If you feel you cannot express your concerns within the school, it is open to you to raise your concern with someone outside the school setting from the list of organisations in the section of this policy ‘Taking the Matter Further’, with key organisations to contact suggested as the LEA, Public Concern at Work and the trade unions. However, where the concern relates to a child protection/safeguarding matter, if you do not want to raise this through the school, you must consult the LA officer designated to lead on child protection or if that person is not available, the local authority’s designated social services manager for child protection. If the concern needs to have Police or other statutory authority involvement, the whistleblowing process will be halted until the statutory authorities have completed their investigations and confirmed that it is If possible put your concern in writing for the avoidance of doubt. You should set out the background and history of the concern giving names, dates and places where possible, and explaining the reason for your concerns. If you feel unable to put the matter in writing you can still raise your concern verbally and should telephone or arrange to meet the appropriate person. You can also ask your trade union or professional association to raise the matter on your behalf or to support you in raising the concern.

Response to Whistleblowing

The matter raised may:

●Need inquiry internally in the school

●Need to be passed to the Police if it relates to alleged criminal activity

●Need to be passed to the person in the LA who deals with complaints about financial management or financial propriety in schools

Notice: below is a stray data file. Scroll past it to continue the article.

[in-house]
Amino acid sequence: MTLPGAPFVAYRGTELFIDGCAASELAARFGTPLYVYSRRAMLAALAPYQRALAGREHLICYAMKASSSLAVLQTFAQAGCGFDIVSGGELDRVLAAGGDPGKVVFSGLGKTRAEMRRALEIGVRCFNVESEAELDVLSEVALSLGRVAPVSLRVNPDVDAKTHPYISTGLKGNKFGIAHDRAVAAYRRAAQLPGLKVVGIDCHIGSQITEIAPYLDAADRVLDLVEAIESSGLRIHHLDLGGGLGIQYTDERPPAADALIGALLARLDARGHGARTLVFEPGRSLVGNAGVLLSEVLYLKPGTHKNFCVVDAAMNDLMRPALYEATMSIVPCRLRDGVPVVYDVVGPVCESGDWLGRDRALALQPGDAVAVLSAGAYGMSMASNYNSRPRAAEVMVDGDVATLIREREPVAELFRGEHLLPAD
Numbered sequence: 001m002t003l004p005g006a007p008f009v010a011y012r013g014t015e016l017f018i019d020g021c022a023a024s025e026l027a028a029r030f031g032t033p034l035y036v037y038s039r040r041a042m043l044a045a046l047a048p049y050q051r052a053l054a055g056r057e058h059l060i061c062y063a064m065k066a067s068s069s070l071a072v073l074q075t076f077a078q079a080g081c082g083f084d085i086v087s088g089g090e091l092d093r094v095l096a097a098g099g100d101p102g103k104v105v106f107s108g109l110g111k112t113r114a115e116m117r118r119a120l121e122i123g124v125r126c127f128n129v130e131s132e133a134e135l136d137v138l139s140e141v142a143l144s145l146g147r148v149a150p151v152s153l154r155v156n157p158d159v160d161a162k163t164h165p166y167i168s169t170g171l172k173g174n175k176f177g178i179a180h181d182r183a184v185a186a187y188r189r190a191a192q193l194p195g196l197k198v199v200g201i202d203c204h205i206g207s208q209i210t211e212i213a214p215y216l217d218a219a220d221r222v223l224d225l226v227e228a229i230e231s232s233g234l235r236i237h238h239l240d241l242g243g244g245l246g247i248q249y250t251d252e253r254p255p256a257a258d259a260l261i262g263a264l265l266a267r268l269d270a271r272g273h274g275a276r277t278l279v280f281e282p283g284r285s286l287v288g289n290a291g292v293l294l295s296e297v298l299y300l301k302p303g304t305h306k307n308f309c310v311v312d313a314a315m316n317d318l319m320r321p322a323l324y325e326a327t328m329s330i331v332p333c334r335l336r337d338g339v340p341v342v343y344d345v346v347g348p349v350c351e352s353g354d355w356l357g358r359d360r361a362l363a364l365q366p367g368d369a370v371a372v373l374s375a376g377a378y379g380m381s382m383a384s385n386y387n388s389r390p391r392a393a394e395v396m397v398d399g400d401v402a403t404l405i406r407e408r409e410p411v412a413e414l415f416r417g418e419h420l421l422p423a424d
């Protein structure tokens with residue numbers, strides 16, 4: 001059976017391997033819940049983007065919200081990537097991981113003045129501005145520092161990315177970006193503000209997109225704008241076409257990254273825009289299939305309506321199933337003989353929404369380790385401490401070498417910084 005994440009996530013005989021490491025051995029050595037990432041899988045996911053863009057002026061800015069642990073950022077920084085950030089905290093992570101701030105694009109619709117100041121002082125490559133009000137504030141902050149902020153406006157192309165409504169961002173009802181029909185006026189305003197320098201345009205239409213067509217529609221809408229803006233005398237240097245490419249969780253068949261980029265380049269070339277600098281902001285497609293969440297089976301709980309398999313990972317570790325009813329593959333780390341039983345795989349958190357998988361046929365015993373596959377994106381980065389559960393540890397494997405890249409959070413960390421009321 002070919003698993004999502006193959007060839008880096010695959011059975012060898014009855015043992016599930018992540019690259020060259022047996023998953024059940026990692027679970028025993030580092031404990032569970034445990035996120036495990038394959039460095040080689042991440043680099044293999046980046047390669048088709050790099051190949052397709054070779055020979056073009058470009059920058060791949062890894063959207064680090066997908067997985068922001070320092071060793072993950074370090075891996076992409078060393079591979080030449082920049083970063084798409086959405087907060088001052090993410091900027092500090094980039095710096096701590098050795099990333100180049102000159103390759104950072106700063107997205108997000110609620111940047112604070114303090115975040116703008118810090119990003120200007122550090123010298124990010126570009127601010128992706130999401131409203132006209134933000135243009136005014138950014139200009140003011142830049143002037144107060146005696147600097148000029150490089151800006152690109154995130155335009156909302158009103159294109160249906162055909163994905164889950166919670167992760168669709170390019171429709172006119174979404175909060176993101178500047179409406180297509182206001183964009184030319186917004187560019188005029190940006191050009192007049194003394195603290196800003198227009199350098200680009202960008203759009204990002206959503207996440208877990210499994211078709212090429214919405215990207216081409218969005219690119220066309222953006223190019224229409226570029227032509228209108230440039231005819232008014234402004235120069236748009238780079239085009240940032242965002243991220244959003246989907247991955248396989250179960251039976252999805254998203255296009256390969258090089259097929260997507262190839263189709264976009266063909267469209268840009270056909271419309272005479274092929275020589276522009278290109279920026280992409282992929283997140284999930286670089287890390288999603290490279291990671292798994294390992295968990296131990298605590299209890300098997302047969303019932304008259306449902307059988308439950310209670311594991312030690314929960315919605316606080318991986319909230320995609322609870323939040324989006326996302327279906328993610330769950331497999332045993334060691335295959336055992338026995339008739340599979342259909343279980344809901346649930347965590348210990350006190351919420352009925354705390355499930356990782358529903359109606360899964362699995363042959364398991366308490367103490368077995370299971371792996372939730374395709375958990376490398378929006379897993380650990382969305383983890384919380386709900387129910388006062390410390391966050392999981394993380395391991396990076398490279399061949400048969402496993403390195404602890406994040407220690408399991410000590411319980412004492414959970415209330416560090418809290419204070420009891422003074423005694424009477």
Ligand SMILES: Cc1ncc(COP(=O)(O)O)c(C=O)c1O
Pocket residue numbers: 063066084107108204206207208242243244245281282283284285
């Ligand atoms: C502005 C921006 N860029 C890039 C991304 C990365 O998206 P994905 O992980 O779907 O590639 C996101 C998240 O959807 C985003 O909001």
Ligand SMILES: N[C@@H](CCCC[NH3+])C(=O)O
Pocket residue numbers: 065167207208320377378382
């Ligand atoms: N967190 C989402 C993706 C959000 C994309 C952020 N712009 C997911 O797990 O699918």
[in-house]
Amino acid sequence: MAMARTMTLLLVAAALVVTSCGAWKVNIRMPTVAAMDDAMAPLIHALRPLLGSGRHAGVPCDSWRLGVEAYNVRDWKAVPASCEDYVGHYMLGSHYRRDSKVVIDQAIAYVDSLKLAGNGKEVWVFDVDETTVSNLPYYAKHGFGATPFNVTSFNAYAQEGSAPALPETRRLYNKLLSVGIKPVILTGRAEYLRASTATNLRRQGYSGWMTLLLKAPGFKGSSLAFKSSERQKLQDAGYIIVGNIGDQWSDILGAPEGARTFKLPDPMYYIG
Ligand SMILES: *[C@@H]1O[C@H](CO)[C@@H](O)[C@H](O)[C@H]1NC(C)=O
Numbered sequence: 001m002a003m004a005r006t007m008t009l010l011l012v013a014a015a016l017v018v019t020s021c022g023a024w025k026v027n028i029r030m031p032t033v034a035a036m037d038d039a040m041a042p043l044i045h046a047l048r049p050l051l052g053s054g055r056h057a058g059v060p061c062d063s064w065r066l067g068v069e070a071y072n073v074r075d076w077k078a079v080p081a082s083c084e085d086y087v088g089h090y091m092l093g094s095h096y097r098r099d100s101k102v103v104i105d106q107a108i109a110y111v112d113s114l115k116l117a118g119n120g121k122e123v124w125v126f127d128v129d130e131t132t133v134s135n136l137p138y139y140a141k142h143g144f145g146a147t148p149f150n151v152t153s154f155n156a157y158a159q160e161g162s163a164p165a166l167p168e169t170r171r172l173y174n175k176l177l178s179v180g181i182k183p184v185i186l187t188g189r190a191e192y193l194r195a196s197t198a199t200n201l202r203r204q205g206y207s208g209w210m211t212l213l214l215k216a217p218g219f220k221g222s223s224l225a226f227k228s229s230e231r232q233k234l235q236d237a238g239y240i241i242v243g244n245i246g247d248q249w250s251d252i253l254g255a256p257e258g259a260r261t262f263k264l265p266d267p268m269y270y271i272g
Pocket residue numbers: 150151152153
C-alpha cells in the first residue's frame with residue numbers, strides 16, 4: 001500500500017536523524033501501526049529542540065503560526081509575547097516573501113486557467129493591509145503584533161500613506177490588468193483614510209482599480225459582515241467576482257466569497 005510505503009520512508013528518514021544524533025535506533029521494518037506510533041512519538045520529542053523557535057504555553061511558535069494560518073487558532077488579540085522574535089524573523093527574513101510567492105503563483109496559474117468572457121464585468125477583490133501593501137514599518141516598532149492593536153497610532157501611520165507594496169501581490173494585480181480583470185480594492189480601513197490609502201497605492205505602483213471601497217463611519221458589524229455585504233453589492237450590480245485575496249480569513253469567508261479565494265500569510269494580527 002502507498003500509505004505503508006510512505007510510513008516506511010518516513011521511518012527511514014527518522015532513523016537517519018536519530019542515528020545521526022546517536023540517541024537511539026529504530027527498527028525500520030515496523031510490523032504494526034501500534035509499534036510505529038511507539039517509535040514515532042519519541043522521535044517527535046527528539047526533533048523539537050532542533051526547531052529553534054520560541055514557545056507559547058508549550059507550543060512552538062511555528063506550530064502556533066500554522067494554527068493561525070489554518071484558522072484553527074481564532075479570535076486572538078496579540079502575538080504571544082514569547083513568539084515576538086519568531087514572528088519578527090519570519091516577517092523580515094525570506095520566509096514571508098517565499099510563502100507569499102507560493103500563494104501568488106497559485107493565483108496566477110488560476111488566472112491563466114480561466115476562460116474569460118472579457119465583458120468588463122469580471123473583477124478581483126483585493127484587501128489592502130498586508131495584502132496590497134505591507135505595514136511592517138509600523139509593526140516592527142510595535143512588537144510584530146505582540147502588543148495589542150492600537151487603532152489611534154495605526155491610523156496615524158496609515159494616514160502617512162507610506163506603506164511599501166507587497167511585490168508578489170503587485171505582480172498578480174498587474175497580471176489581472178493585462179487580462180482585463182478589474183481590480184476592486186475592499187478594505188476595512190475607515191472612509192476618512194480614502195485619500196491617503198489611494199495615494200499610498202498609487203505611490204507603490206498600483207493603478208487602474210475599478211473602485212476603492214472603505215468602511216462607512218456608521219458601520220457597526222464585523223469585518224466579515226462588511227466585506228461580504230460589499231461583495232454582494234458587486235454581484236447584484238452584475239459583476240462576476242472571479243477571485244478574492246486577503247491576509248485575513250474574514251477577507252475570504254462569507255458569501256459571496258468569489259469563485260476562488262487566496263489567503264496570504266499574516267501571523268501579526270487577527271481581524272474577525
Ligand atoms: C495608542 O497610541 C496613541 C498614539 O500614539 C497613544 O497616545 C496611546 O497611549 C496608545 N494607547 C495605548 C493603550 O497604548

●Need to be referred to the LA officer designated to lead on child protection/safeguarding if there is a concern relating to child protection, or if that person is not available the local authority’s designated social services manager for child protection.

At this stage concerns/allegations are neither accepted nor rejected.

Timescale for Response

The person appointed by the Head of School to look into whistleblowing allegations will normally provide a written response to you within 5 working days (except in the case of anonymous allegations):

●Acknowledging that the concern has been received

●Indicating how it is proposed to deal with the matter

●Giving an estimate of how long it will take to provide a final response

●Advising whether any enquiries have been made

●Advising whether further enquiries will take place

●Informing you of support available whilst matters are looked into, and

●Maintaining confidentiality wherever possible, but also explaining that it may not be possible that you can remain anonymous.

The Inquiry Process

The appointed person, who may be an SLT or SCG member, will:

●Look into the allegation - seeking evidence and interviewing witnesses as necessary.

●Maintain confidentiality wherever possible but will be mindful that there is no guarantee that the whistleblower can remain anonymous.

●If appropriate, bring the matter to the attention of the LA appointed person dealing with complaints about financial management of schools.

●If appropriate, for concerns of criminal behaviour refer the matter to the Police.

●If appropriate, for concerns of child protection/safeguarding, refer the matter to the LA officer designated to lead on child protection/local authority social services designated manager for child protection. The whistleblowing process will be halted until the statutory authorities have completed their investigations and confirmed that it is appropriate to continue with the whistleblowing process.

If the person appointed needs to talk to you, you are permitted to be accompanied by a trade union or professional association representative or a fellow member of staff not involved in the area of work to which the concern relates.